I COMPLETELY agree with George Kerevan’s latest column (Time for the SNP to play hardball at Westminster, November 26).

The so-called deal that May is proposing to put before MPs seems to be “dead as a dodo” already, with MPs of all sides – even her side – against it. Nicola Sturgeon must soon come to a decision on another independence referendum date and will expect to get the “now is not the time” reply from May. If May continues to deny us our right to self-determination, then our SNP MPs must make a decision to use any means at their disposal to bring Westminster to a standstill. If this means shouting out “I object”, as one member continues to do in other debates, that is what they must do.

No doubt the mechanism of Westminster will be used to silence the views of our representatives, but there must be other measures we can take to disrupt proceedings. In the past filibustering MPs have caused delays, and we might have to resort to similar tactics to frustrate Westminster to the point they will be glad to see the back of us.

The walk-out in the past saw a surge in membership of the SNP and undoubtedly galvanised the Yes movements as well. Similar demonstrations, even to the point of another walk-out, would show the Scottish people that they are not going to be silenced, ignored, or sidelined.

Graham Smith

READ MORE: Time for the SNP to play hardball at Westminster​

HURRAH for Ian Blackford, our SNP leader in the Commons! On Monday, questioning Mrs May on her Brexit deal, he stood solidly behind our 40-year-old policy which has denounced the Common Fisheries Policy (CFP) and always held that an SNP government would never accept the loss of Scottish international fishing rights as a coastal state.

We have never, in council or conference, changed that policy decision, not even amended it to deal with the clash it might cause with the decision that we would wish to become a member of a reformed EU (though without any details of the reforms we would demand or any hope that we could get them).

So Ian Blackford has declared that we would not accept any negotiation away of Scottish sovereignty on fishing. And by that statement he is laying down a challenge to the EU – we want to be a member when we achieve our independence, but that application will be dependent on total and permanent derogation from the CFP, and also (probably) from the euro, which carries with it the unacceptable rules on budgets and borrowing. Mark you, I am not too sanguine about our application, on these conditions, finding agreement from Spain (and now France).

Gerry Fisher

READ MORE: WATCH: Ian Blackford hits out at Theresa May's Brexit plan

THE Brexit deal now on the table is far from complete, and unclear about a number of issues including, but not confined to, Northern Ireland borders, Gibraltar and fishing policy. Is this really an “agreement”? It looks more like agreeing to differ to me. It also appears we are paying £39 billion to end our EU membership and at the same time leaving many powers in the EU’s hands, giving them a veto over changes in the future.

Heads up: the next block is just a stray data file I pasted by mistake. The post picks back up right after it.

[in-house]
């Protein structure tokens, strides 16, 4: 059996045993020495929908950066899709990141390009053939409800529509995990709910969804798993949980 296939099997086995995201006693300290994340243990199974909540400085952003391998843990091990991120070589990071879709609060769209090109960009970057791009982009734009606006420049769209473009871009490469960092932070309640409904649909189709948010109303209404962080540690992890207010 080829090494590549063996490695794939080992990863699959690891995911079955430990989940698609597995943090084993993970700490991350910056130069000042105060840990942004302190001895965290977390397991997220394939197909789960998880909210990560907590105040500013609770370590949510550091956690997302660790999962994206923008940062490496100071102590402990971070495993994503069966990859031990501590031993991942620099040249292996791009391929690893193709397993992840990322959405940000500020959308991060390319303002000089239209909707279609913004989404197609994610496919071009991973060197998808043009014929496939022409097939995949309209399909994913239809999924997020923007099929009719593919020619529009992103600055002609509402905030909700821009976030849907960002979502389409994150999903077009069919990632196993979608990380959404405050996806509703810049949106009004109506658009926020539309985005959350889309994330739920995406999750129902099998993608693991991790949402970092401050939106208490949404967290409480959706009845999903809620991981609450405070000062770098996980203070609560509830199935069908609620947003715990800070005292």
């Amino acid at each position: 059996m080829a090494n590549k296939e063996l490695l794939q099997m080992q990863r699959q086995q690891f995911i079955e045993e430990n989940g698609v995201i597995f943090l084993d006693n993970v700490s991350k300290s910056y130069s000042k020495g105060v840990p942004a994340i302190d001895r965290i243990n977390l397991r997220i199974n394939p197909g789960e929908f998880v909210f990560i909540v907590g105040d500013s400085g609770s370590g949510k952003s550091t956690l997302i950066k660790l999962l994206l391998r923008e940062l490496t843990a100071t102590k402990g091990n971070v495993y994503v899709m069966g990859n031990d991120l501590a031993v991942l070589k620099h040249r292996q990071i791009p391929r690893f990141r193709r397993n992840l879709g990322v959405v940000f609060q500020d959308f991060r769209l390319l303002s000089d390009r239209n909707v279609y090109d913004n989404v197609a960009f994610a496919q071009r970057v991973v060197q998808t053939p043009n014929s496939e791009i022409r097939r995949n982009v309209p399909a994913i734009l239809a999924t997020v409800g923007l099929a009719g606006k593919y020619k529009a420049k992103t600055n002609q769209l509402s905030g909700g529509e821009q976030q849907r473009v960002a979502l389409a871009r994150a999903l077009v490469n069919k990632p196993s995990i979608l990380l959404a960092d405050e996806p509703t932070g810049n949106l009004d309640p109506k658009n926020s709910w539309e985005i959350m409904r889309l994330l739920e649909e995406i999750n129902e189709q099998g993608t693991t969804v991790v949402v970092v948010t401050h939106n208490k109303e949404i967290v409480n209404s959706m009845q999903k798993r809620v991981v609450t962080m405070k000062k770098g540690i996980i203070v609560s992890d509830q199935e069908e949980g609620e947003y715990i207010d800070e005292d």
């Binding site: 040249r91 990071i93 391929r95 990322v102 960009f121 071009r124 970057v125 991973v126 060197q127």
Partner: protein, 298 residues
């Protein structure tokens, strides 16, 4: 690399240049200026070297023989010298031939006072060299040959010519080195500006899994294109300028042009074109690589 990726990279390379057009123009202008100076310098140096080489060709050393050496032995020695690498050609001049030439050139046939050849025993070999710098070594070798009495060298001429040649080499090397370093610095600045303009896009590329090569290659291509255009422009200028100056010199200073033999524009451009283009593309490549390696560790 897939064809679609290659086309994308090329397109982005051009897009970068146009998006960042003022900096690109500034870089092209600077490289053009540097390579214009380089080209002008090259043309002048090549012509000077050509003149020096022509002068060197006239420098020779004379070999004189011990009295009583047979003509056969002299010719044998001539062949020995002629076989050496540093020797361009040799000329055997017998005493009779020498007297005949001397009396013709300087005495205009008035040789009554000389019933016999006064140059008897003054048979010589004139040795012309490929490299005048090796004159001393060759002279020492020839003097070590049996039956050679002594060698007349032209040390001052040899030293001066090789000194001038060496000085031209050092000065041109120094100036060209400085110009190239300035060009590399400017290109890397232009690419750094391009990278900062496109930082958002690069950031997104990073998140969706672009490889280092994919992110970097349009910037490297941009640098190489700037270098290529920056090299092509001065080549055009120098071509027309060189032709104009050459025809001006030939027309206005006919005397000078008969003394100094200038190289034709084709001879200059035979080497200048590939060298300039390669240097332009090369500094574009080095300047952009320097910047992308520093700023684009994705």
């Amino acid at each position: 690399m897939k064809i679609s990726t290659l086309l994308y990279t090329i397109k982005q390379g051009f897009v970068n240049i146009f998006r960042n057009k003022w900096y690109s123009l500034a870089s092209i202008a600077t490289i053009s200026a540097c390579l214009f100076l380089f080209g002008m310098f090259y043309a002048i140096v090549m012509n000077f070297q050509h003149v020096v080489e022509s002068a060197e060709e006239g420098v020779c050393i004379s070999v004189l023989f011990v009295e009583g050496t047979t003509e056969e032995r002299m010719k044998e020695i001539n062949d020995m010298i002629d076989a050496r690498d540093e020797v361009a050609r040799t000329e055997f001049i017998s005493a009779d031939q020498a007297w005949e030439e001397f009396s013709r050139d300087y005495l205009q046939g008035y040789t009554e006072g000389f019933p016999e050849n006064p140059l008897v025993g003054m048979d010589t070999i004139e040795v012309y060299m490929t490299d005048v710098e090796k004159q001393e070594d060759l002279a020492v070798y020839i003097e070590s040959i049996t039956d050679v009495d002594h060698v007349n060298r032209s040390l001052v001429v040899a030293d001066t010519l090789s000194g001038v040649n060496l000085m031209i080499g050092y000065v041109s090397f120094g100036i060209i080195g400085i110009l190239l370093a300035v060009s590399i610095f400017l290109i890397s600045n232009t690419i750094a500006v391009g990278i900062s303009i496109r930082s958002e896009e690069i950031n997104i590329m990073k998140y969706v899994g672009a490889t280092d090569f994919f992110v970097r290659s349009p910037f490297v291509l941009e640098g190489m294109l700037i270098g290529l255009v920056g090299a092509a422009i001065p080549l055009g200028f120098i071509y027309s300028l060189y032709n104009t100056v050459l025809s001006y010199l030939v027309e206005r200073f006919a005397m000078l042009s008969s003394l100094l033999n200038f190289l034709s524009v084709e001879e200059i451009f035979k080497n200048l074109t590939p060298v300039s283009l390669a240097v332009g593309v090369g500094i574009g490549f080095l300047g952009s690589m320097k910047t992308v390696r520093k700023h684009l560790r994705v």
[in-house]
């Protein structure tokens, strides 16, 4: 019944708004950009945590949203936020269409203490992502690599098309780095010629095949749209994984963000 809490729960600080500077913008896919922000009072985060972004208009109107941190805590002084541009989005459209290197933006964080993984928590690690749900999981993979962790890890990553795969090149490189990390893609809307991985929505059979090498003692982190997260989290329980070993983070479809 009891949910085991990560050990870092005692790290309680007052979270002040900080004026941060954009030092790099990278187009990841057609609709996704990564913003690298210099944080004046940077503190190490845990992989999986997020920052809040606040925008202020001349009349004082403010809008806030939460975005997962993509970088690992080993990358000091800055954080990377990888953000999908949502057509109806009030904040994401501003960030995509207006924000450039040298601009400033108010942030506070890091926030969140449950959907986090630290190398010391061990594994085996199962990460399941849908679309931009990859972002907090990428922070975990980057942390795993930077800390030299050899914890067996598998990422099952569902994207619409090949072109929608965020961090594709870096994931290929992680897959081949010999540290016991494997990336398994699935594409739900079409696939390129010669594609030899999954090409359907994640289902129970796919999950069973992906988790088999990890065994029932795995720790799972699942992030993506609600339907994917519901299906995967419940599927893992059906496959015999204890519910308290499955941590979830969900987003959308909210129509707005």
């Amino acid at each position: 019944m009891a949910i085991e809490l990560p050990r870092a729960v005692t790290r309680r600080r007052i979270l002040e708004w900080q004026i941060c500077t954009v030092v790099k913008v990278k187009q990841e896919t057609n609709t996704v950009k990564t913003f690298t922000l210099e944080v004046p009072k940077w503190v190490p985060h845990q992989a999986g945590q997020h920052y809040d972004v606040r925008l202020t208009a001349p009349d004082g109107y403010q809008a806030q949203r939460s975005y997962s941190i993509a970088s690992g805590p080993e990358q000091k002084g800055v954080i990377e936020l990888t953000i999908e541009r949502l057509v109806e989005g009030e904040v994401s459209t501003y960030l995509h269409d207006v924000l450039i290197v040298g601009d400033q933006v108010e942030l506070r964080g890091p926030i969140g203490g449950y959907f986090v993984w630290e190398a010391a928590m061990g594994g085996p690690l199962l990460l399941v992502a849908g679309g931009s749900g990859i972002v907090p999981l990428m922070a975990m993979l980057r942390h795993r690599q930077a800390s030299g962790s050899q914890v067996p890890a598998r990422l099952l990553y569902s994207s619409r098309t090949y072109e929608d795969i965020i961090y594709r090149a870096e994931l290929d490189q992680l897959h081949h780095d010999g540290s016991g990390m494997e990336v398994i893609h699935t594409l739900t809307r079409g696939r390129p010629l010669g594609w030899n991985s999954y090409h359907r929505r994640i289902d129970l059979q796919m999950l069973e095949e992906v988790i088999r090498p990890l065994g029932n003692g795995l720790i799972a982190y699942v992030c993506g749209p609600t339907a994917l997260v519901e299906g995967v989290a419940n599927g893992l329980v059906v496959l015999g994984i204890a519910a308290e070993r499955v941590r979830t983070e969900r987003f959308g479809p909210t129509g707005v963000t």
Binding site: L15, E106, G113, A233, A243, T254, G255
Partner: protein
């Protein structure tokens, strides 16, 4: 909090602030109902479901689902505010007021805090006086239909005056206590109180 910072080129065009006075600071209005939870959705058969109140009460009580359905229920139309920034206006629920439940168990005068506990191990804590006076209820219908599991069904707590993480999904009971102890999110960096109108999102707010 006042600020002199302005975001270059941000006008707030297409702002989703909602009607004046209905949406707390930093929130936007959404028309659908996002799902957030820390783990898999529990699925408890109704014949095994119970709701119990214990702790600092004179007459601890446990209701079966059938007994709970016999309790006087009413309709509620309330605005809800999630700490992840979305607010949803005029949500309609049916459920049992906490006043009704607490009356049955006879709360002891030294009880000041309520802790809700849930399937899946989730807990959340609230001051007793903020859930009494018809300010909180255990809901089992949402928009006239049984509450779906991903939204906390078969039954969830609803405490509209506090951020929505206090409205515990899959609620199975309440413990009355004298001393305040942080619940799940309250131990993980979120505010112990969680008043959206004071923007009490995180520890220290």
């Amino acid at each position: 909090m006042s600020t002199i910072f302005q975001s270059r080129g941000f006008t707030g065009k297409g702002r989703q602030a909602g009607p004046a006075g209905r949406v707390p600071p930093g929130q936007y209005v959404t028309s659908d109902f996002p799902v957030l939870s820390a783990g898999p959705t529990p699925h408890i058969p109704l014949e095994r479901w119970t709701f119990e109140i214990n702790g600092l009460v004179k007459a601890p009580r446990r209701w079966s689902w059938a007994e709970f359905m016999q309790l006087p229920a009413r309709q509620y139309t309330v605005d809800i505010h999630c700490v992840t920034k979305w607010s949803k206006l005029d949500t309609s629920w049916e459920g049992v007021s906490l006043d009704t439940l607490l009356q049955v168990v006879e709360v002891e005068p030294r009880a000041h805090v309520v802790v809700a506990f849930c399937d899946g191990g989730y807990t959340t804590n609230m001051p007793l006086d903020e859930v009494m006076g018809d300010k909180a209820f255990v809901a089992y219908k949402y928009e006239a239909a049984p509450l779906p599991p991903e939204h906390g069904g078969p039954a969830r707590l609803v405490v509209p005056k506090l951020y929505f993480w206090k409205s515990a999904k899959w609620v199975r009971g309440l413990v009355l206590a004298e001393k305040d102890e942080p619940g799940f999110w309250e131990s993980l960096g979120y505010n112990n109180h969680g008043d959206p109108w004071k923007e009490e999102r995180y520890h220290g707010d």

In spite of this, the government still insists there are only two choices on the table: the “May deal” or a hard Brexit. The third choice, to suspend Article 50 and continue membership of the EU, is ruled out, despite opinion polls showing this is more popular with the public than either of the other two choices and the EU saying it would not penalise the UK if it changed its mind.

With allegations that the Leave campaign was funded with dark money, possibly from overseas, illegal under electoral law, and the statement during the campaign that our contribution to the EU was £350 million a week, a clear lie, isn’t it time to be re-examine the case for leaving? Parliament has been promised a “meaningful vote”, but to be truly meaningful all three options should be on the table. More importantly, can we trust either of the large parties whose leaderships are inherently anti-EU and who are not listening to the concerns of the people they are supposed to represent? For those who claim a second vote would be undemocratic, let us remind ourselves that democracy is government of, by and for the people. To insist the people do not have the right to change their minds is evidence of dictatorship, not democracy.

Pete Rowberry

WHENEVER I hear the words “precious union” I am reminded of Gollum from Lord of the Rings. It is indeed precious to the English cabal because under its pretence they asset-strip Scotland of its electronics, fisheries, gas, oil, renewables, tourism, whisky and other revenues to maintain their ailing, failing regime on its life support system. An ailing regime that is top-heavy with people who are unable to function without a concocted title, who spend their time strutting the world being self-important, and who dump their weapons of total extermination on another country so their own children can sleep at night.

These hypocrites whine about Scots wanting to break up their “precious union” and put up borders while they are breaking up the EU and throwing up their own frontiers and controls. Yes, a union is only “precious” so long as the English regime is the one in control and dictating. We, the Scottish nation, must come to our senses soon and end this poisonous dictatorship.

Linda Horsburgh

I READ with interest Andrew Learmonth’s special report (PM faces nightmare before Christmas, November 26) and wondered if the PM should, as a matter of urgency, telephone Ikea. She could explain to them that as her cabinet is collapsing and no longer fit for purpose, she would be eternally grateful if they would provide her with a brand new one via their express delivery service!

Thomas L Inglis

READ MORE: Theresa May faces Brexit deal nightmare before Christmas